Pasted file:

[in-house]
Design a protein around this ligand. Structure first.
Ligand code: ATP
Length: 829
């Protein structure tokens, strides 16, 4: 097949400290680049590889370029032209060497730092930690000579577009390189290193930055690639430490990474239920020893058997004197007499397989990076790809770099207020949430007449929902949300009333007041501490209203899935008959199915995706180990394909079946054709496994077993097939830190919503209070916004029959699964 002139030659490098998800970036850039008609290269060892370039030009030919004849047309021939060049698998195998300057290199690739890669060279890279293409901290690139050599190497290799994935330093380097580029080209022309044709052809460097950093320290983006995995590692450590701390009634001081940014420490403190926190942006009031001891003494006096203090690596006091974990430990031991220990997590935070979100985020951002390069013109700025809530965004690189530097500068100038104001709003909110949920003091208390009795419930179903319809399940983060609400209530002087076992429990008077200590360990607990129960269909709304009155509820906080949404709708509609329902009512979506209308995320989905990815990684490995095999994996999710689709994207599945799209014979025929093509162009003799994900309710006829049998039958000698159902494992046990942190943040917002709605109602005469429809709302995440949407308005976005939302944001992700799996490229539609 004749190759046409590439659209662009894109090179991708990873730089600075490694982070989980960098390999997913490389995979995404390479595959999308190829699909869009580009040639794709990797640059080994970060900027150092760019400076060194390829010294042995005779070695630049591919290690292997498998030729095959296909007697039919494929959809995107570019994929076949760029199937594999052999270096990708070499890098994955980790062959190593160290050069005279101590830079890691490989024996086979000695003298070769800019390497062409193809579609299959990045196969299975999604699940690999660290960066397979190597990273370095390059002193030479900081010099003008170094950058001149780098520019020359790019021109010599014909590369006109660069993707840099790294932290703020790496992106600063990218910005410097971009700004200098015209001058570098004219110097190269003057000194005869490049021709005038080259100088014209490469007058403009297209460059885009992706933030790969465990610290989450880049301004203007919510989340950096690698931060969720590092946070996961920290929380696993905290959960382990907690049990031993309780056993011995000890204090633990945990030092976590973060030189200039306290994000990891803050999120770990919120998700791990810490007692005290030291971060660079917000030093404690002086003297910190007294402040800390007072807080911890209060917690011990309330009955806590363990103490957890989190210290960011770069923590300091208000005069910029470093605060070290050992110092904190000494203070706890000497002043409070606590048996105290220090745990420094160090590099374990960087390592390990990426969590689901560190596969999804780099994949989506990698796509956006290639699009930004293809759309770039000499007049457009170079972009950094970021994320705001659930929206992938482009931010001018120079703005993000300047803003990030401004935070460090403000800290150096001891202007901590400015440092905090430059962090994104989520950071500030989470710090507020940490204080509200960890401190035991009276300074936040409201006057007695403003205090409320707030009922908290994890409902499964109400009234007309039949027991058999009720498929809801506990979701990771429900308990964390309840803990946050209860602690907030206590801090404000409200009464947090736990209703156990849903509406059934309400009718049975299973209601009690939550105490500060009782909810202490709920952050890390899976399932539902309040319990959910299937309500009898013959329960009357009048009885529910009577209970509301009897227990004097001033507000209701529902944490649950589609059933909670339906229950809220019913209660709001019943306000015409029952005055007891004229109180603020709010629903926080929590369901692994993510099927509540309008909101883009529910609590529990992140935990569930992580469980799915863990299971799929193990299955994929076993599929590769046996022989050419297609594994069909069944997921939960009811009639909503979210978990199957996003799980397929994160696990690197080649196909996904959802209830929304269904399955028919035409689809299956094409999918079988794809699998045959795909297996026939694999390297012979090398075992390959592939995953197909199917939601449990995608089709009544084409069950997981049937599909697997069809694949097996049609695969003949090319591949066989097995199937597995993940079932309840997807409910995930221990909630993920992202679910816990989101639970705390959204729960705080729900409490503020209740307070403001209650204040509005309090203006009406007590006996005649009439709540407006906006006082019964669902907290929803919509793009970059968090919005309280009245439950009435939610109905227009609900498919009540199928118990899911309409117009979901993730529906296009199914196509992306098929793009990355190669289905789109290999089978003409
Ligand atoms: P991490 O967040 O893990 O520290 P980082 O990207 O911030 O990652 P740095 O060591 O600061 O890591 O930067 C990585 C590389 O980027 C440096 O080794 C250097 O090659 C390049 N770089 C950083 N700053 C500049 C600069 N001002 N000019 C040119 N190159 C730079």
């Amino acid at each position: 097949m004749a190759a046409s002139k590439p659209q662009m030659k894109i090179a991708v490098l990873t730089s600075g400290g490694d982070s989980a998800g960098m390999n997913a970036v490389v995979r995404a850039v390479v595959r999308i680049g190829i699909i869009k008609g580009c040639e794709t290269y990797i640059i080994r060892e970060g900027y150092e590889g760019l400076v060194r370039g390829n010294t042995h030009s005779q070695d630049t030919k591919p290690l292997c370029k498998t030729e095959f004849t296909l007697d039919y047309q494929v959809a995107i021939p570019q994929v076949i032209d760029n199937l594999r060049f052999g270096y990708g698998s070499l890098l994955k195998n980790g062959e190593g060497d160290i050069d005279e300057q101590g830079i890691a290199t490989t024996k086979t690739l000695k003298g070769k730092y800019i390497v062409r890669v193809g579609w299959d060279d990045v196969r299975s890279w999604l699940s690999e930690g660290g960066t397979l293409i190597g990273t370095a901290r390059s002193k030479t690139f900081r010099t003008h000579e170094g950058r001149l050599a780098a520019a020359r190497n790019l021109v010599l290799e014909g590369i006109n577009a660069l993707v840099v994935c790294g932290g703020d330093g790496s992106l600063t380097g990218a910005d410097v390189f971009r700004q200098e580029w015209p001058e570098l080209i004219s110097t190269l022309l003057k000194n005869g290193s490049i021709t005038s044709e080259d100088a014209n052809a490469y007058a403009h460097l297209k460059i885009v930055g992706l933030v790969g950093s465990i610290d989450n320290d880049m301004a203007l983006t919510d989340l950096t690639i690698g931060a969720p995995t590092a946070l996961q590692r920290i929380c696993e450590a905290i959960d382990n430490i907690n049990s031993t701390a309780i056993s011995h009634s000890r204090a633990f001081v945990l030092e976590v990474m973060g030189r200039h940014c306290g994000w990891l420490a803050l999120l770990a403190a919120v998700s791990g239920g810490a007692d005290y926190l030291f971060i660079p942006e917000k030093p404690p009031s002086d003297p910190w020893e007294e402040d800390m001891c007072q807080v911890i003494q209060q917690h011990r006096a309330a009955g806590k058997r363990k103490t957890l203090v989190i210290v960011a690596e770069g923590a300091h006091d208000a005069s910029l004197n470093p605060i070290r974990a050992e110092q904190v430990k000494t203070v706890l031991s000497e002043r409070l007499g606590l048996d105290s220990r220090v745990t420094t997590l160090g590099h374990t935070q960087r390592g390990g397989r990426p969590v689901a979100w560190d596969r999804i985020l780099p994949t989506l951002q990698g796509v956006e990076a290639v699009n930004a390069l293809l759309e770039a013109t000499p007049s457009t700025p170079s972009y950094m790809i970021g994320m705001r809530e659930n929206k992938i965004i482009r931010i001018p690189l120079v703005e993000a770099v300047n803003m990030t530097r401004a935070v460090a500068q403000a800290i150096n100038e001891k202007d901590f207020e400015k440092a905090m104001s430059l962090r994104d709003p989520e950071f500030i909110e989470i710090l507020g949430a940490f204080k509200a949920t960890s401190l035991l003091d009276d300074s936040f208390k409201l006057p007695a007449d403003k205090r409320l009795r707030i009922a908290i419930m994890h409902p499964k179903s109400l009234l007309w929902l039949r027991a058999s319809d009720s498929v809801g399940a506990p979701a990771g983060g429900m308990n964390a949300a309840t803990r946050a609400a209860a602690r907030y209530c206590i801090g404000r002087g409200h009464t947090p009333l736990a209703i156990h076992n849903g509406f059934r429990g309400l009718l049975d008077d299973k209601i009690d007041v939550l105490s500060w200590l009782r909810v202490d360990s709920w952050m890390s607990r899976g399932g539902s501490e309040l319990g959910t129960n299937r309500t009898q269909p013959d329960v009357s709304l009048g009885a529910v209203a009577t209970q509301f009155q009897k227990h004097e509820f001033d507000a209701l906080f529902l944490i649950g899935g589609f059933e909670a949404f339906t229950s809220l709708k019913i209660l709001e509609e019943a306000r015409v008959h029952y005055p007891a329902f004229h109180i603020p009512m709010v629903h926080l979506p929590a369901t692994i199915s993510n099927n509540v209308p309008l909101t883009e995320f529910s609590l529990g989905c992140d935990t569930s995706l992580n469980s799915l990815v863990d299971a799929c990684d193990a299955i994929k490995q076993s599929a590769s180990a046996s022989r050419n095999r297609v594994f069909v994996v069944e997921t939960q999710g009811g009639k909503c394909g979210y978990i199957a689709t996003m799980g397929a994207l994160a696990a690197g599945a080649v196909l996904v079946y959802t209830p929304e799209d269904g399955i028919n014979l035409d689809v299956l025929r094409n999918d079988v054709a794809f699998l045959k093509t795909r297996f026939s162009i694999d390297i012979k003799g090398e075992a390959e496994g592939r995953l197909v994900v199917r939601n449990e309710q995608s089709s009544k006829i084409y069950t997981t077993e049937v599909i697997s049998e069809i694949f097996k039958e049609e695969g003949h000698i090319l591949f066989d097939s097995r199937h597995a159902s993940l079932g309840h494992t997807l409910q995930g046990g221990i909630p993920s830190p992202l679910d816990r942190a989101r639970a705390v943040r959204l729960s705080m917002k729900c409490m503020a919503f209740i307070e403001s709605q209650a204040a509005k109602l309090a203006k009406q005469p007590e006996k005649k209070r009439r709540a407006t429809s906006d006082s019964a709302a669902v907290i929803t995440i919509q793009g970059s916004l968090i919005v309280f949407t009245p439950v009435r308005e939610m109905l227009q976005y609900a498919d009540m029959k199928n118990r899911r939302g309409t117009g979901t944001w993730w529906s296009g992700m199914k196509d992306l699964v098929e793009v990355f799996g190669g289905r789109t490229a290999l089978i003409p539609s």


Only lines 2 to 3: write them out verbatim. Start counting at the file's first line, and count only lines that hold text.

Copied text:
Design a protein around this ligand. Structure first.
Ligand code: ATP